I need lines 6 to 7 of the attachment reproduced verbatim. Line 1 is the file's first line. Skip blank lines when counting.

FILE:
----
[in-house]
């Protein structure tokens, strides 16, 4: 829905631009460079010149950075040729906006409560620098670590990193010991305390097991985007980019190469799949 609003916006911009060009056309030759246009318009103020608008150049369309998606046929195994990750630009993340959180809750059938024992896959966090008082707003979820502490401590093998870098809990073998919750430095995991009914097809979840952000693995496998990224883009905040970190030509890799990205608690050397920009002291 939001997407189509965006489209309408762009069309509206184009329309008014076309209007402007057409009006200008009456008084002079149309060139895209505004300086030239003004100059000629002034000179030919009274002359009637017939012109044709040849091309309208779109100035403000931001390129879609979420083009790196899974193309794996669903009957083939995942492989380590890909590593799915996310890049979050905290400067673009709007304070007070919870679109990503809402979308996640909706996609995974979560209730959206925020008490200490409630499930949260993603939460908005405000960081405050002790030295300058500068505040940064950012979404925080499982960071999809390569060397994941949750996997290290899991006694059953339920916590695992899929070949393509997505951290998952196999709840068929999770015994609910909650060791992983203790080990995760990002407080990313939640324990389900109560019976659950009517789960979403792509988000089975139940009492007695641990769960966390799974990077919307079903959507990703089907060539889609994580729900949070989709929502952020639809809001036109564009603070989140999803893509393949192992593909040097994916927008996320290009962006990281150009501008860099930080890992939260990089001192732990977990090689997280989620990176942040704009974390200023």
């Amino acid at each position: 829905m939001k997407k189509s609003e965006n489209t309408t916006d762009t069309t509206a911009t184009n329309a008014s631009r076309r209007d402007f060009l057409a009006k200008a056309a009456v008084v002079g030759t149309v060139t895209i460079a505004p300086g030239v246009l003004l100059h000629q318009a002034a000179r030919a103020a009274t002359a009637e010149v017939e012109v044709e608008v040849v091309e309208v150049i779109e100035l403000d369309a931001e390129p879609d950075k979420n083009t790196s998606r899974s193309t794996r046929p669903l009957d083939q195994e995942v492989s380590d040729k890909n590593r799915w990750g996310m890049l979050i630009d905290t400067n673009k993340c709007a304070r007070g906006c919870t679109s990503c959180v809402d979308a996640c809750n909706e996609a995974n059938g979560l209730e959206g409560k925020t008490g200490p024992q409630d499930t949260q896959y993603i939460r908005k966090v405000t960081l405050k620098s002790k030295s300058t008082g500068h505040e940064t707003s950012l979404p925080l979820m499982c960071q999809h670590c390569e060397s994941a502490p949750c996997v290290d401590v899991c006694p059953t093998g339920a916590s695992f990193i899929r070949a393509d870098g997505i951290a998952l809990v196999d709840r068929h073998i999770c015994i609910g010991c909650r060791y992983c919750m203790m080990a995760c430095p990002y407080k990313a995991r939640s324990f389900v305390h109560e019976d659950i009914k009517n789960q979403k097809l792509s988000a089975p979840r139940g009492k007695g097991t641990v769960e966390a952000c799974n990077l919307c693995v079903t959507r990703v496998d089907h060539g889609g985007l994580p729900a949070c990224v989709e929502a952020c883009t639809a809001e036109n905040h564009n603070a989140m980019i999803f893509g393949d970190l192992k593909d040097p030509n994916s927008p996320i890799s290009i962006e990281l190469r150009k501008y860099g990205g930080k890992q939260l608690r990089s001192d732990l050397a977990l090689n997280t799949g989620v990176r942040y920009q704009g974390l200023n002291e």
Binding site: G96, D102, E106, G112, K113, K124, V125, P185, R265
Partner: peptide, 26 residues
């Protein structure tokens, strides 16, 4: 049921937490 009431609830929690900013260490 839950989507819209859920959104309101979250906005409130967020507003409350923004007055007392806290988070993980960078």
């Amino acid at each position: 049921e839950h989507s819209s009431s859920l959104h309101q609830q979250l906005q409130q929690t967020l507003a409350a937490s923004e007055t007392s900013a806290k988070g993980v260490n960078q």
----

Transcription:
């Protein structure tokens, strides 16, 4: 049921937490 009431609830929690900013260490 839950989507819209859920959104309101979250906005409130967020507003409350923004007055007392806290988070993980960078």
């Amino acid at each position: 049921e839950h989507s819209s009431s859920l959104h309101q609830q979250l906005q409130q929690t967020l507003a409350a937490s923004e007055t007392s900013a806290k988070g993980v260490n960078q």